Category Archives: Adam O’Riordan

The Burning Ground by Adam O’Riordan

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The Burning Ground by Adam O’Riordan

Adam O’riordan may not be a name you have come across before now but he is an award winning poet having won the prestigious Somerset Maugham Award in 2011 for his collection of poems called In the Flesh. A new collection of poetry is being published on 2nd February but earlier this month Adam released through Bloomsbury a wonderful collection of short stories called The Burning Ground so eloquently written that the you become beguiled by each of the eight stories.

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To say that this is one of the very best collections of short stories I have read in a long time and it will be hard to beat. There is something about the way that O’Riordan manages to capture the reader’s attention all the way through as if you are holding your breath.

The collection starts ofF with A Thunderstorm in Santa Monica and this is the author capturing you the reader in the palm of his hand and keeping you there as the story of Harvey and his relationship with the delicious Teresa, Harvey sets off to Los Angeles to see Teresa and this is his story from leaving England to fly across the Atlantic and how he then sees a fellow passenger during the flight. It is later when Harvey is alone in the bar do we suddenly realise that he is alone and that his lover is now in England. This is when you realise that O’Riordan has had us in his spell from start to finish without realising.

For me the best of this collection is The El Segundo Blue Butterfly A story of a teenager who sets off to interview the businessman Michael Hogan Bernstein. This story is a masterstroke as it is a timeless piece of writing that anyone who loves short stories must read at some point. For the key character here is Christopher and how the story flows from a young Michael who goes to interview the businessman and then the story moves through the years and the two continue to cross paths. Each chapter in this piece is a unique time period and is just the most eloquent piece of writing I have read and the ending is something to just read and then read again. I have read this short story three times over the last week.

Through the remaining six short stories we move from Rambla Pacifico which I found deeply enjoyable is about a foreman that heads off down the Pacific Coast Highway and heads into trouble and then when his employer’s daughter goes missing the story really comes into its own and you are left not only wondering about the outcome but the people involved.

In Wave-Riding Giants we see the lonely McCauley who is reflecting on his life while in a senior housing complex a moment that he starts to recall his memory charting his life from childhood to adult and that and now at this moment in time he faces confrontation with his memory. Yet another superb told story that I will be revisiting over time.

Black Bear in the Snow start off with the words changed from the hit song from Boney M’s Brown Girl in the Ring and you know that this is being sung to a baby and the story is primarily about Randall and his wife Thelma and their new born baby called Joey. There are memories here from Randall as he recalls a hunting trip with Joseph his father. This is the story of the father trying to ‘find’ his son again after a divorce. Then later it is revealed that Randall and Thelma split and that Joey is with his mum and so the cycle begins again as Randall takes his son Joey on a trip so that they can ‘connect’ as father and son. I am sure there are many who like me will identify with this story. Deftly and beautifully written.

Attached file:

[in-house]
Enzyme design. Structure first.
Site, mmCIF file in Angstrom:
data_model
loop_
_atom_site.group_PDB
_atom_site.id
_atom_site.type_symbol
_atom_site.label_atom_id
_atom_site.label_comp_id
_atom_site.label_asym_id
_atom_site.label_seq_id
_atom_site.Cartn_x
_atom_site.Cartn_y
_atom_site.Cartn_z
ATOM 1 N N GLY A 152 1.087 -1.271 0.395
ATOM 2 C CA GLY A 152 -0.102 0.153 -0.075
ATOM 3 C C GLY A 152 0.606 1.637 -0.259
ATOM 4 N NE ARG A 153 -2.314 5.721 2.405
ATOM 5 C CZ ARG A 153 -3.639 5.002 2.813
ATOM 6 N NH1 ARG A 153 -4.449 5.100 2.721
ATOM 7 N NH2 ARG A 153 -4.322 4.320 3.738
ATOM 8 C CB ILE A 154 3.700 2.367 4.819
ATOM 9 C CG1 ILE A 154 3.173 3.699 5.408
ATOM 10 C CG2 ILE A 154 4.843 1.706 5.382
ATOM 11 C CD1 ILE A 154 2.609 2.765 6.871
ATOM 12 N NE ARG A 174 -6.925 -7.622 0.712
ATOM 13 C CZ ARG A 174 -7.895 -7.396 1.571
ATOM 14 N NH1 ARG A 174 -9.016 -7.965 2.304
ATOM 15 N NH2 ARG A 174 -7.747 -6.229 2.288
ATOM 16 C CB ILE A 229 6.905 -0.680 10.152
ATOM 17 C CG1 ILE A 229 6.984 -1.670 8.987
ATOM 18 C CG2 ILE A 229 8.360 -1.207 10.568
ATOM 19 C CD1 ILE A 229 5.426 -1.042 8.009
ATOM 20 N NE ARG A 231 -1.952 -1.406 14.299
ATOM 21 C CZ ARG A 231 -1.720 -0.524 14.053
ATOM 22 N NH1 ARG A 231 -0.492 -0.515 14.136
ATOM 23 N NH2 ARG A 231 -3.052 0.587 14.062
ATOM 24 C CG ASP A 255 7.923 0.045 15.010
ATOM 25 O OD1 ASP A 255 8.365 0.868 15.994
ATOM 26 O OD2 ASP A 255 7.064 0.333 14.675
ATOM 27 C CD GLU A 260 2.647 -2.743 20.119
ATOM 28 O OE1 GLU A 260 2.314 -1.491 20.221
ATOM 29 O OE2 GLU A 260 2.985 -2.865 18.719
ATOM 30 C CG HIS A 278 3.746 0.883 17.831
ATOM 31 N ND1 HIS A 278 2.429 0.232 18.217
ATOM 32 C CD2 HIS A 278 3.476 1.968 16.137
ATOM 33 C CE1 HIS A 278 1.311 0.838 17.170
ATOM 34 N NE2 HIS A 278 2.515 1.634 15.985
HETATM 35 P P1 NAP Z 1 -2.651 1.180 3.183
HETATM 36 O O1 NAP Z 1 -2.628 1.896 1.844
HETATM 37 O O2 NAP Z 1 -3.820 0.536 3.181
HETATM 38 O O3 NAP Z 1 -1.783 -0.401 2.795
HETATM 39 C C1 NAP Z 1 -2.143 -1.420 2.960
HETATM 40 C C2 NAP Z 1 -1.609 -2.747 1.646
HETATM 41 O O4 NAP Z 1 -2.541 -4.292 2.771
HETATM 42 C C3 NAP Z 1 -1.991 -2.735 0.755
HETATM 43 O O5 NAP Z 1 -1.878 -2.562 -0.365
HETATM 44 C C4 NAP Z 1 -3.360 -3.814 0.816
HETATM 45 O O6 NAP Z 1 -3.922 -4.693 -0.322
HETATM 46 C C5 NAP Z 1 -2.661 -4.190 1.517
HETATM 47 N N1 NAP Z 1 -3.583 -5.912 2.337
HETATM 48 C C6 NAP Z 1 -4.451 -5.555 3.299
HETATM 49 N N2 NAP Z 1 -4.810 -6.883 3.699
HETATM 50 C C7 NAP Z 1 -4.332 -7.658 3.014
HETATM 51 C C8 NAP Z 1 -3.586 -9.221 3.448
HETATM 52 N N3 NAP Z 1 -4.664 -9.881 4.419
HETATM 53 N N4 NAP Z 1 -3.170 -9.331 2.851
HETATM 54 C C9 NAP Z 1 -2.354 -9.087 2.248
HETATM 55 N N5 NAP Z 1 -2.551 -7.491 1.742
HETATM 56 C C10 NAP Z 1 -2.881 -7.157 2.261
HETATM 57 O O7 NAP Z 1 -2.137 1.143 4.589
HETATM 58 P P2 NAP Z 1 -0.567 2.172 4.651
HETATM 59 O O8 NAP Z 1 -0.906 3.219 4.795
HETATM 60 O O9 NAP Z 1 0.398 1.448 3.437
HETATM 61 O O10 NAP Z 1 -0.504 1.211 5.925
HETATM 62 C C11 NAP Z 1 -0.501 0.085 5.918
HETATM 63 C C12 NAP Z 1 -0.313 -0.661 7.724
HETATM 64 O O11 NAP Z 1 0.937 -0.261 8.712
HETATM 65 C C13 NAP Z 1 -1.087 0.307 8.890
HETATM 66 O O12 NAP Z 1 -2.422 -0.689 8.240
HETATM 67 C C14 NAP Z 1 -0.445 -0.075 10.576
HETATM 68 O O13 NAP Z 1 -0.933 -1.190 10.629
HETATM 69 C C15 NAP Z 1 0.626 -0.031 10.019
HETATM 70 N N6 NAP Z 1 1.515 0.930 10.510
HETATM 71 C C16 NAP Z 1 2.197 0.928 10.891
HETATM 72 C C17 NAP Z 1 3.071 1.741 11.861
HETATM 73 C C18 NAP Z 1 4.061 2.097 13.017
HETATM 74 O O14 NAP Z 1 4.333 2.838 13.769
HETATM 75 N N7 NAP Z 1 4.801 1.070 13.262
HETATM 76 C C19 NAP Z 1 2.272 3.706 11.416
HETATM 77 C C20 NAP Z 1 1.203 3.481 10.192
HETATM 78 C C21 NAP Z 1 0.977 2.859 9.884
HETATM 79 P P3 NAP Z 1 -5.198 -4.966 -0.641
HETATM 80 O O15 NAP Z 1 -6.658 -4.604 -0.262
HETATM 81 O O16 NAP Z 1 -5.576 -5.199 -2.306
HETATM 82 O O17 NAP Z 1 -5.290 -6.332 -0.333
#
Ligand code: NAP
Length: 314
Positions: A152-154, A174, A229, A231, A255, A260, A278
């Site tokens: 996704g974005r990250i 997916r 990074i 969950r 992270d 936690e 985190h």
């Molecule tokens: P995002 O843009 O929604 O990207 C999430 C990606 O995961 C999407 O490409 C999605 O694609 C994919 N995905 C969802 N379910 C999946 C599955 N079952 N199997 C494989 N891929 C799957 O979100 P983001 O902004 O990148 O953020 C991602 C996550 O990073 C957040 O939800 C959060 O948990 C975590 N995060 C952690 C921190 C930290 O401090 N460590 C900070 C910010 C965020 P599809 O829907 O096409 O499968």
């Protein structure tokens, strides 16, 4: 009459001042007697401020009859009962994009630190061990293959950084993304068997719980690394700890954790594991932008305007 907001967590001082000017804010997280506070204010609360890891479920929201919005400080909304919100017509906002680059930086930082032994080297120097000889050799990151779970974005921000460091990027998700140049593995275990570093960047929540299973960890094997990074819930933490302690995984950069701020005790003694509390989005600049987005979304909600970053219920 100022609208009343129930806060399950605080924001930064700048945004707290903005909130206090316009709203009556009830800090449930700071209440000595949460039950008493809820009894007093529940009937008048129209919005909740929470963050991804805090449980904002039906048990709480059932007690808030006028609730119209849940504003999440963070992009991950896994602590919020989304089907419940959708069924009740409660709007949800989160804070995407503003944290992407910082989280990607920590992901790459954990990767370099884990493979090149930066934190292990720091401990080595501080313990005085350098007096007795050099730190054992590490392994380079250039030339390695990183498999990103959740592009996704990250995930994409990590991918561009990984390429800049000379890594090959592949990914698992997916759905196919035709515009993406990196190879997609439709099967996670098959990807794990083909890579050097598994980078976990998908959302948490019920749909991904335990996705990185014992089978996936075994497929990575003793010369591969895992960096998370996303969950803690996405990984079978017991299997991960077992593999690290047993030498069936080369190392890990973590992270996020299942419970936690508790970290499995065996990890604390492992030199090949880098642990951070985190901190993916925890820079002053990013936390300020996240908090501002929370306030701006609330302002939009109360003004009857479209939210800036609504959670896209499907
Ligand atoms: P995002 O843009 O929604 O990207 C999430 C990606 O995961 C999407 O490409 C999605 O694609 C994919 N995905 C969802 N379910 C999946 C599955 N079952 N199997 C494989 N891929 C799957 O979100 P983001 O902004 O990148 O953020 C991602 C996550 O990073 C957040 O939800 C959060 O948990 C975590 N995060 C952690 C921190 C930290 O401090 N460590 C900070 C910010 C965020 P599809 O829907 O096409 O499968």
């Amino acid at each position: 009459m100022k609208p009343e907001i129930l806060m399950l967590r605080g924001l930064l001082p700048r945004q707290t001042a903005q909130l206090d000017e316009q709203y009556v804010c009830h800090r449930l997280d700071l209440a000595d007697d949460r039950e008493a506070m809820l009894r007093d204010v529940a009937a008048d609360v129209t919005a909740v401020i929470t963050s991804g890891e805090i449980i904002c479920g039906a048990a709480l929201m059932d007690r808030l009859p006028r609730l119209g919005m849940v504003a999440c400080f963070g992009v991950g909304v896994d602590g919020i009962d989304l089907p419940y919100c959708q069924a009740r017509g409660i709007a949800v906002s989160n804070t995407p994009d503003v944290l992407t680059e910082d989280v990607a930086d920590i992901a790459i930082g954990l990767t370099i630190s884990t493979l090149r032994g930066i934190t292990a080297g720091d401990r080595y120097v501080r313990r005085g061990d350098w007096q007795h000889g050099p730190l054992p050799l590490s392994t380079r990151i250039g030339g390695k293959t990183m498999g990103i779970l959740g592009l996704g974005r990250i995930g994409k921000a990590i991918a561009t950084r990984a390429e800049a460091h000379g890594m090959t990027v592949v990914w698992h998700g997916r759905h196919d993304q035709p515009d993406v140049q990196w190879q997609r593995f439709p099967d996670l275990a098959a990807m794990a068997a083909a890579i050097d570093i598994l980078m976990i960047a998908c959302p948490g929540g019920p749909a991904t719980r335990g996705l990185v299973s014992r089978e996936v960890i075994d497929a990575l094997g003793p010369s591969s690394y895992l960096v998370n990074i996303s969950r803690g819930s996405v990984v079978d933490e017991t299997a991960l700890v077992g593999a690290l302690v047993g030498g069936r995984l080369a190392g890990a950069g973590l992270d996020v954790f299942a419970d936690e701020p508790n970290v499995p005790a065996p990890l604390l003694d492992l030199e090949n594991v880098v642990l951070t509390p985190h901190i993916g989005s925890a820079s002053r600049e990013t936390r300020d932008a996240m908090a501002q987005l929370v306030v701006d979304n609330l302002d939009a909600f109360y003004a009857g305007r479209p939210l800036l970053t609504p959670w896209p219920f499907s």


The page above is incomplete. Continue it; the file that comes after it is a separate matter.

And so to the story that makes up the title to the book The Burning Ground We see an artist trying to find so peace after a relationship with a married woman. Is the artist on the run from his desire for Alannah? Or just seeking a fresh start but either way there is success for the artist as his work is suddenly find a new fame but the memory of Alannah is still there with every paintbrush she has previously brought for him. This story I found somewhat different in style and pace but still written in a class of its own and it burns into your heart as your reach the stories ending.

With the next story ’98 Mercury Sable it starts with a conversation about car’s and is a story of a couple Sebastian and Sofia and it is Sebastian is learning how to drive at times the story is quite humorous as you would imagine but there is something else about the story and that hit me as I did not see it coming. I think by this time I was hypnotised by O’Riordan’s writing. To say anymore here would be wrong. A must read story.

In the last of the short stories in Magda’s a Dancer when you look at the first page it looks somewhat different in how O’Riordan has approached it. Basically this is a conversation piece it is unique and a clever piece of writing and a unique way of ending the collection again I will not give too much away but to me it worked well and it is worth reading a few times. It does not read as the previous stories but a worthy addition.

The Burning Ground is just a delicious collection of stories that you become hooked on and like me you will want to re-read some of them a second or more times to purely enjoy Adam’s prose. I can only hope that this collection of short stories is a success as it purely deserves to be on merit. It is nothing short of a tremendous collection of unique and differing stories and the characters involved. HIGHLY RECOMMENDED.

Thank you to Ros Ellis at Bloomsbury for the advanced review copy.

The Burning Ground by Adam O’Riordan is published by Bloomsbury and is now available through Waterstones, Amazon and all good bookshops.

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